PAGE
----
Re: [spring] We don't seem to be following our processes (Re: Network Programming - Penultimate Segment Popping)

Sander Steffann <> Fri, 06 December 2019 15:12 UTC

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From: Sander Steffann <>
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Date: Fri, 6 Dec 2019 16:12:48 +0100
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Cc: Enno Rey <>, rtg-ads <>, Fernando Gont <>, SPRING WG <>, 6man <>, "" <>
To: Ole Troan <>
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Subject: Re: [spring] We don't seem to be following our processes (Re: Network Programming - Penultimate Segment Popping)
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Hi Ole,

> If I own and manage three routers, R1 -- R2 -- R3.
> You are saying that if R1 sends a packet to R3, it is not allowed to off-load some functions to R2?
> Going to be difficult to do stuff like service chaining then.

This bit I don't mind that much, but what about:

R1 -- R2 -- [open internet] -- R3
R1 -- [open internet] -- R2 -- R3
or even
R1 -- [open internet] -- R2 -- [open internet] -- R3

And what if you're an ISP and R1 is your customer's device? It is in your routing domain but not in your administrative domain. What then?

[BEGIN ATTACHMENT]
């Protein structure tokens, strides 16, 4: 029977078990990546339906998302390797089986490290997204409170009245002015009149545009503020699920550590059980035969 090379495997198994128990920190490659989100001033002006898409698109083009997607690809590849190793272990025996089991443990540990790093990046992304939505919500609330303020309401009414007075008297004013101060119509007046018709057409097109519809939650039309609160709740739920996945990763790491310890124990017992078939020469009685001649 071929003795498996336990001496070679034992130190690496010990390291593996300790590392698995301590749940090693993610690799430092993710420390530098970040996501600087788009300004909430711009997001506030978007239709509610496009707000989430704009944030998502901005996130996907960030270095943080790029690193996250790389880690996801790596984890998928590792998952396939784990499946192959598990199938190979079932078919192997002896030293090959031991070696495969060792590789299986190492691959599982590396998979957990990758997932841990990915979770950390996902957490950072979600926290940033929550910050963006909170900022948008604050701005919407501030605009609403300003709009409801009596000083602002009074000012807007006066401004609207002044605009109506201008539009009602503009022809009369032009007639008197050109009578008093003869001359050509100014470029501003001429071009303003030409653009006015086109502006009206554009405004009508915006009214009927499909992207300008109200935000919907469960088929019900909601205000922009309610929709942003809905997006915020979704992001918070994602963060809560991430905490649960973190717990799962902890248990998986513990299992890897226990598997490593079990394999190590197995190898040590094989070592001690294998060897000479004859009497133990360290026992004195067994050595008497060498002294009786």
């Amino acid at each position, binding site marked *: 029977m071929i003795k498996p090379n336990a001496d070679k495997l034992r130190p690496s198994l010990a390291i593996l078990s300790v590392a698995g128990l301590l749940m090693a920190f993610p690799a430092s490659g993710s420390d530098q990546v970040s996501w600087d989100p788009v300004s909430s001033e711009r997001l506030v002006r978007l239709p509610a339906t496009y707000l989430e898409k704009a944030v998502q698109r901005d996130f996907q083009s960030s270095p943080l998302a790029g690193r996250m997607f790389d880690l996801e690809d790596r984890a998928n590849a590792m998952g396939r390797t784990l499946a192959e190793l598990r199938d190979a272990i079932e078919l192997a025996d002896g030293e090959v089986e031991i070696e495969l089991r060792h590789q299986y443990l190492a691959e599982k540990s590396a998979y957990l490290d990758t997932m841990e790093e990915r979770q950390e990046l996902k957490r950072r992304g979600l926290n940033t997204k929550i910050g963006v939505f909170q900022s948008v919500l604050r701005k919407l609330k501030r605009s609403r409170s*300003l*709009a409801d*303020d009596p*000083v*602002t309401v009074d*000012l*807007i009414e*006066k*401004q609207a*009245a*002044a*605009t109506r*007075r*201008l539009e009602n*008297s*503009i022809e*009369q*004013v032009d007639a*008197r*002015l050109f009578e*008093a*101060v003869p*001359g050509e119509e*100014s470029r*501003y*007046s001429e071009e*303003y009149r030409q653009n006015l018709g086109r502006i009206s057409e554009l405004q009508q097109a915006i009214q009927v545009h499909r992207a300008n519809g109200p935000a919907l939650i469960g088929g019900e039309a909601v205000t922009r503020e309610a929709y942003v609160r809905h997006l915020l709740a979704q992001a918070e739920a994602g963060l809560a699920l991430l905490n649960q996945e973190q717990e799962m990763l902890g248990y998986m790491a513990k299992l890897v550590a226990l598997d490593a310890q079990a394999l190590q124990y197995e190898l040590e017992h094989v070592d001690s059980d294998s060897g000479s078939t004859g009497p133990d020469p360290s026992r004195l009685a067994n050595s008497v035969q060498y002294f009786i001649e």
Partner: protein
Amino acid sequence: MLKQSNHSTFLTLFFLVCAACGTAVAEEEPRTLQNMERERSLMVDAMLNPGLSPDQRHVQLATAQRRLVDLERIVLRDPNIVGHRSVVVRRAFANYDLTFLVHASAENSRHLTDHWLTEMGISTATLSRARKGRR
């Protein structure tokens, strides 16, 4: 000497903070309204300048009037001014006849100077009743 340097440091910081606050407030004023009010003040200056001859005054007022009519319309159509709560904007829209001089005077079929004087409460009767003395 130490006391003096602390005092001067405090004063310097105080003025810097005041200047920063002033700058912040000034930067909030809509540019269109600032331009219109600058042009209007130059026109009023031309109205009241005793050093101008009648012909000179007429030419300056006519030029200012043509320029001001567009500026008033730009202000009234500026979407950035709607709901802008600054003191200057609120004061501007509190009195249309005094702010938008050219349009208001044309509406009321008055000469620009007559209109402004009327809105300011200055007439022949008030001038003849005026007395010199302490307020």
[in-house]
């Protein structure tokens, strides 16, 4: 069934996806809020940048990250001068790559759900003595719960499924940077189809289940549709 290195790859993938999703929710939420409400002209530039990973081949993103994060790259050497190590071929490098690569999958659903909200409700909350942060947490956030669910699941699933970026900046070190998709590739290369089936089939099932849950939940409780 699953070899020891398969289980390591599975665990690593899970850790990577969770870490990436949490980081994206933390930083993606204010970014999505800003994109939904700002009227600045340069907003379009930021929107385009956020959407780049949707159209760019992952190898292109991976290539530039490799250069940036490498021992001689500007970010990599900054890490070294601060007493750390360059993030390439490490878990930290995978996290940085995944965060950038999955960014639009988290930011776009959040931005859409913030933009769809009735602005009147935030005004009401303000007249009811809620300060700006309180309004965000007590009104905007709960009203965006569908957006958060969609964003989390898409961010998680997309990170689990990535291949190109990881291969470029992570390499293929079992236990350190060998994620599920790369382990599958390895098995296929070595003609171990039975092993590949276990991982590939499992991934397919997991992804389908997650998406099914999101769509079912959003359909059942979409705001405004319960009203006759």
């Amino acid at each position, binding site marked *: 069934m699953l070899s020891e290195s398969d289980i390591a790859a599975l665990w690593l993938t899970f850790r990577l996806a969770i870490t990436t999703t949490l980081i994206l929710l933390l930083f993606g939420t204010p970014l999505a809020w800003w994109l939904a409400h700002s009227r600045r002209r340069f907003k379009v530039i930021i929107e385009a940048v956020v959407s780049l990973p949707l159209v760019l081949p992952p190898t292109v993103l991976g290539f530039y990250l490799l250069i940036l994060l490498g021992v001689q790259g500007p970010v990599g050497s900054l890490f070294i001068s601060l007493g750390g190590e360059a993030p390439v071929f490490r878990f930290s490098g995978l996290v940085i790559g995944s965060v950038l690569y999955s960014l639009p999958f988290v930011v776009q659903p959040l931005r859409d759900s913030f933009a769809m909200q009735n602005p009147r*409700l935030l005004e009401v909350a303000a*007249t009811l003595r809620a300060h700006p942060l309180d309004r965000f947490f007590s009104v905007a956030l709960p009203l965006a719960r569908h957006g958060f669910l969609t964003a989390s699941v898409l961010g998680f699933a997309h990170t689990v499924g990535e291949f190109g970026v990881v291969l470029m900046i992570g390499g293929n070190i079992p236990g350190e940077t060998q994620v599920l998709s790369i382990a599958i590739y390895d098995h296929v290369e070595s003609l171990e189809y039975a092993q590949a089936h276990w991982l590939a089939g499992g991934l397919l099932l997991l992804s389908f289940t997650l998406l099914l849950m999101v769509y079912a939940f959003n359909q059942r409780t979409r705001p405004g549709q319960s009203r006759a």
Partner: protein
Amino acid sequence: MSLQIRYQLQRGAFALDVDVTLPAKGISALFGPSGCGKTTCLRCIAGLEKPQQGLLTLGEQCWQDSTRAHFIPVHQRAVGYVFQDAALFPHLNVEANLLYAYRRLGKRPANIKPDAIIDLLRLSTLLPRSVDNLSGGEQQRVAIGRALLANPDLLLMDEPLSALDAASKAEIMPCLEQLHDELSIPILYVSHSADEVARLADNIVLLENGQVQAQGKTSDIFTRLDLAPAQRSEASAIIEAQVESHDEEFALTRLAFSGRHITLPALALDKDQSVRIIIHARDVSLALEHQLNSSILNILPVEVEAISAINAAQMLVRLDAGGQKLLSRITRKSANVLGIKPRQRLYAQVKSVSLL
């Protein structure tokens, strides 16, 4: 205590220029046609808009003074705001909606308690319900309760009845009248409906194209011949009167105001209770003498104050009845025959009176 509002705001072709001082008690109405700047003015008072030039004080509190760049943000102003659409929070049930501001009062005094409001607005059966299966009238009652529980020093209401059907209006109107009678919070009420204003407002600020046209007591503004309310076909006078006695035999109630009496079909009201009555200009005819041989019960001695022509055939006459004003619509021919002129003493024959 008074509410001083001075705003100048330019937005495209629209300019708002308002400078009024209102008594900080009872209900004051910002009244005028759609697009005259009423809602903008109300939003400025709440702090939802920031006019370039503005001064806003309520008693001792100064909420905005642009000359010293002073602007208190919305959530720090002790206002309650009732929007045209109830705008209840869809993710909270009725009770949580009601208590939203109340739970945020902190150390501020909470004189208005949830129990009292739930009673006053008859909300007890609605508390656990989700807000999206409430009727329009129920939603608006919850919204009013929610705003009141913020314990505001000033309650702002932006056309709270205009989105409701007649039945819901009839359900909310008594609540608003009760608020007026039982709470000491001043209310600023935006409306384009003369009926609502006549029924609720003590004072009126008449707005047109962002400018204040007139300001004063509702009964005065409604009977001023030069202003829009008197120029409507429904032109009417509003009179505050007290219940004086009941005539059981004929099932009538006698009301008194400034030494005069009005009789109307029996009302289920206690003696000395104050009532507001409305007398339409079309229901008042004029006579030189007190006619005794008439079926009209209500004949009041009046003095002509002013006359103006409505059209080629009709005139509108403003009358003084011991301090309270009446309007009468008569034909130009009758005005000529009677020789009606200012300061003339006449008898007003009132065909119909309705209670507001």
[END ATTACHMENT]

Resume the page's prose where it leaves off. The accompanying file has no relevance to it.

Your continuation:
> When putting in the restrictions in RFC8200, which makes a lot of sense on the open Internet, it was always clear that there could and would be exceptions to this. Those are the ones we are discussing now.

This has never been clear to me. Quite the opposite actually…
There was a reason the text discussing this was tightened while RFC8200 was still a draft.

> Conflating the two use cases and claiming that the arguments for why it's a bad idea on the open Internet also applies to a limited domain, only serves to polarise the debate.

The problem is in the definition (and viability) of a domain.

> My suspicion is that the header insertion argument is a straw-man.

Not to me. I care about my packets not being mangled by a third party (my ISP). If there is a way that they can mangle the packet and restore it to its original 100% of the time before a box outside the ISP network is able to see it (for debugging or whatever) then I don't mind. I care about observable behaviour, and whether my ISP uses MPLS, SR or something else isn't my problem. But the moment the packet leaves their network it'd better be exactly as I sent it. And the way the domain is defined, as well as the operator experience with limited domains, points to potential leaks.